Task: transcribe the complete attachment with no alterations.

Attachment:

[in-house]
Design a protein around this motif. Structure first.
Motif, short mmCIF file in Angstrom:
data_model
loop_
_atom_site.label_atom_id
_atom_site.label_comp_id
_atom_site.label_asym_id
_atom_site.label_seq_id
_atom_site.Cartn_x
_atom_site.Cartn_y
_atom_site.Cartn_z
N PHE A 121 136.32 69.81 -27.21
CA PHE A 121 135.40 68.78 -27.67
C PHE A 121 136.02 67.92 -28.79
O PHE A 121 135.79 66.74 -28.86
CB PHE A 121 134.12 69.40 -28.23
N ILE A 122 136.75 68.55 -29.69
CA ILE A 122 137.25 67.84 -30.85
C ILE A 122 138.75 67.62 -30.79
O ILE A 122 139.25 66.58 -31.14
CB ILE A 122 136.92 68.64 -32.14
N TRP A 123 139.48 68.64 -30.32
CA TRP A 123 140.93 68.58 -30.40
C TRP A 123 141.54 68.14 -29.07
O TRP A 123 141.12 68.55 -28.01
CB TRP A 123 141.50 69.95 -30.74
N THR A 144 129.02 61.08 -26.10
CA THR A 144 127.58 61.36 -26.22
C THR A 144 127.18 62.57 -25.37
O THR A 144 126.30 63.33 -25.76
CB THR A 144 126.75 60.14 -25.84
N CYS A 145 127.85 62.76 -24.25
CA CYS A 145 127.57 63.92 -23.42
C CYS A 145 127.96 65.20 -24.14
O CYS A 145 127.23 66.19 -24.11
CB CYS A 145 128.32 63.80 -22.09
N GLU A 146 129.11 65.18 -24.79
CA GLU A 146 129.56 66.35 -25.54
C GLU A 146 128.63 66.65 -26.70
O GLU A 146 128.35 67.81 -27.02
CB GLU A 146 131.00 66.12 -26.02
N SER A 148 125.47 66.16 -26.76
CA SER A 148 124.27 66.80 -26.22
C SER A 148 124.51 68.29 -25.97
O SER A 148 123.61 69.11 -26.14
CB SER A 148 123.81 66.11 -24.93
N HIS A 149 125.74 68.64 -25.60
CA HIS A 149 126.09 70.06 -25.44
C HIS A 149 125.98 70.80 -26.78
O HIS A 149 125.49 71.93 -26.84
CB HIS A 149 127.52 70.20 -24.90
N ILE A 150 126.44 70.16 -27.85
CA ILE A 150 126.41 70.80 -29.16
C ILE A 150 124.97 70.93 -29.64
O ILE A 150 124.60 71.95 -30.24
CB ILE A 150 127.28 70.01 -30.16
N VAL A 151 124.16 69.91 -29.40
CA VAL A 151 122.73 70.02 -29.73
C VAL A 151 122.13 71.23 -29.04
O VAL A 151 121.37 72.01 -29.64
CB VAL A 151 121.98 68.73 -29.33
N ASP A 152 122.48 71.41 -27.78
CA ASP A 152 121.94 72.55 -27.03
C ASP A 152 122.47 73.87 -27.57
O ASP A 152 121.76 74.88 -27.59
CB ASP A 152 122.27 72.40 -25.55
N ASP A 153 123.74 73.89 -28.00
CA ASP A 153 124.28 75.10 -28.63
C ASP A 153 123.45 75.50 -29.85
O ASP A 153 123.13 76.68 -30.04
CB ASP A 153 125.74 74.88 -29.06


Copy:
[in-house]
Design a protein around this motif. Structure first.
Motif, short mmCIF file in Angstrom:
data_model
loop_
_atom_site.label_atom_id
_atom_site.label_comp_id
_atom_site.label_asym_id
_atom_site.label_seq_id
_atom_site.Cartn_x
_atom_site.Cartn_y
_atom_site.Cartn_z
N PHE A 121 136.32 69.81 -27.21
CA PHE A 121 135.40 68.78 -27.67
C PHE A 121 136.02 67.92 -28.79
O PHE A 121 135.79 66.74 -28.86
CB PHE A 121 134.12 69.40 -28.23
N ILE A 122 136.75 68.55 -29.69
CA ILE A 122 137.25 67.84 -30.85
C ILE A 122 138.75 67.62 -30.79
O ILE A 122 139.25 66.58 -31.14
CB ILE A 122 136.92 68.64 -32.14
N TRP A 123 139.48 68.64 -30.32
CA TRP A 123 140.93 68.58 -30.40
C TRP A 123 141.54 68.14 -29.07
O TRP A 123 141.12 68.55 -28.01
CB TRP A 123 141.50 69.95 -30.74
N THR A 144 129.02 61.08 -26.10
CA THR A 144 127.58 61.36 -26.22
C THR A 144 127.18 62.57 -25.37
O THR A 144 126.30 63.33 -25.76
CB THR A 144 126.75 60.14 -25.84
N CYS A 145 127.85 62.76 -24.25
CA CYS A 145 127.57 63.92 -23.42
C CYS A 145 127.96 65.20 -24.14
O CYS A 145 127.23 66.19 -24.11
CB CYS A 145 128.32 63.80 -22.09
N GLU A 146 129.11 65.18 -24.79
CA GLU A 146 129.56 66.35 -25.54
C GLU A 146 128.63 66.65 -26.70
O GLU A 146 128.35 67.81 -27.02
CB GLU A 146 131.00 66.12 -26.02
N SER A 148 125.47 66.16 -26.76
CA SER A 148 124.27 66.80 -26.22
C SER A 148 124.51 68.29 -25.97
O SER A 148 123.61 69.11 -26.14
CB SER A 148 123.81 66.11 -24.93
N HIS A 149 125.74 68.64 -25.60
CA HIS A 149 126.09 70.06 -25.44
C HIS A 149 125.98 70.80 -26.78
O HIS A 149 125.49 71.93 -26.84
CB HIS A 149 127.52 70.20 -24.90
N ILE A 150 126.44 70.16 -27.85
CA ILE A 150 126.41 70.80 -29.16
C ILE A 150 124.97 70.93 -29.64
O ILE A 150 124.60 71.95 -30.24
CB ILE A 150 127.28 70.01 -30.16
N VAL A 151 124.16 69.91 -29.40
CA VAL A 151 122.73 70.02 -29.73
C VAL A 151 122.13 71.23 -29.04
O VAL A 151 121.37 72.01 -29.64
CB VAL A 151 121.98 68.73 -29.33
N ASP A 152 122.48 71.41 -27.78
CA ASP A 152 121.94 72.55 -27.03
C ASP A 152 122.47 73.87 -27.57
O ASP A 152 121.76 74.88 -27.59
CB ASP A 152 122.27 72.40 -25.55
N ASP A 153 123.74 73.89 -28.00
CA ASP A 153 124.28 75.10 -28.63
C ASP A 153 123.45 75.50 -29.85
O ASP A 153 123.13 76.68 -30.04
CB ASP A 153 125.74 74.88 -29.06